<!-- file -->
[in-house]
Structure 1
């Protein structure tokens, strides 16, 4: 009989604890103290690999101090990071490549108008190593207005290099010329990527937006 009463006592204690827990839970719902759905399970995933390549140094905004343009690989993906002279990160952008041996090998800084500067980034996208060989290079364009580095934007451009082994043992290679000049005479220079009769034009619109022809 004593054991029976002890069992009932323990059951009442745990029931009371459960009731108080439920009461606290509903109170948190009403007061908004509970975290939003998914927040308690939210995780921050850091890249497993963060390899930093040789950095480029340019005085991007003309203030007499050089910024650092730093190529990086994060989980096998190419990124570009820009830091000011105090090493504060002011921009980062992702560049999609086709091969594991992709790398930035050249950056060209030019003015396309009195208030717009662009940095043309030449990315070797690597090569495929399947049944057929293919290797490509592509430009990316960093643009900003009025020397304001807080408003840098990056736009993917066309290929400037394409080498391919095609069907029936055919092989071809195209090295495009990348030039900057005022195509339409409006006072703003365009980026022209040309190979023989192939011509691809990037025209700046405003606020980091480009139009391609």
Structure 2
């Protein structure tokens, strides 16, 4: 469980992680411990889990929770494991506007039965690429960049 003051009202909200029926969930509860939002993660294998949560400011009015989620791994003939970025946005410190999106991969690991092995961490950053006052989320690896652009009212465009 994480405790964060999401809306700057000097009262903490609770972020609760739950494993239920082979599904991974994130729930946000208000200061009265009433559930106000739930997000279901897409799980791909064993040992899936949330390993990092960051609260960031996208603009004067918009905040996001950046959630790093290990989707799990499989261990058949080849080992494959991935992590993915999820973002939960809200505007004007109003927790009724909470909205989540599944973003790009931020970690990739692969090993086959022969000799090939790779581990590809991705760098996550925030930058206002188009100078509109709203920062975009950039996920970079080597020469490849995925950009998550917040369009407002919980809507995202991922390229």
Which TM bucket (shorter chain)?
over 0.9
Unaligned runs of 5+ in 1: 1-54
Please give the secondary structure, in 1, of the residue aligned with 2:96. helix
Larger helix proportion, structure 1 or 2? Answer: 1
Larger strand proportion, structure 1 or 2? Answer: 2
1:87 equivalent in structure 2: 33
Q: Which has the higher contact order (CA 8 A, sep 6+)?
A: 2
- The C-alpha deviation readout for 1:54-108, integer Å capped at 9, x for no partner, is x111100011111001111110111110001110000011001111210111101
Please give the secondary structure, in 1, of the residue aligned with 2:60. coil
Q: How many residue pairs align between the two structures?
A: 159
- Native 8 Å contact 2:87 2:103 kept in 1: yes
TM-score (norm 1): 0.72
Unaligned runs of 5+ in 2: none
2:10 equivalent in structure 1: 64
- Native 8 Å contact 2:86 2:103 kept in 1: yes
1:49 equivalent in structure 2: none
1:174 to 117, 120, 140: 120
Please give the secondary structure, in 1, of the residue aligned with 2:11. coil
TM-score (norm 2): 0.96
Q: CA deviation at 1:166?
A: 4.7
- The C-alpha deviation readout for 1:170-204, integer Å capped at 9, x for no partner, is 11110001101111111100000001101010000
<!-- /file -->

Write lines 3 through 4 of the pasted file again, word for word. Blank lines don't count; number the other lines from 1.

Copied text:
């Protein structure tokens, strides 16, 4: 009989604890103290690999101090990071490549108008190593207005290099010329990527937006 009463006592204690827990839970719902759905399970995933390549140094905004343009690989993906002279990160952008041996090998800084500067980034996208060989290079364009580095934007451009082994043992290679000049005479220079009769034009619109022809 004593054991029976002890069992009932323990059951009442745990029931009371459960009731108080439920009461606290509903109170948190009403007061908004509970975290939003998914927040308690939210995780921050850091890249497993963060390899930093040789950095480029340019005085991007003309203030007499050089910024650092730093190529990086994060989980096998190419990124570009820009830091000011105090090493504060002011921009980062992702560049999609086709091969594991992709790398930035050249950056060209030019003015396309009195208030717009662009940095043309030449990315070797690597090569495929399947049944057929293919290797490509592509430009990316960093643009900003009025020397304001807080408003840098990056736009993917066309290929400037394409080498391919095609069907029936055919092989071809195209090295495009990348030039900057005022195509339409409006006072703003365009980026022209040309190979023989192939011509691809990037025209700046405003606020980091480009139009391609």
Structure 2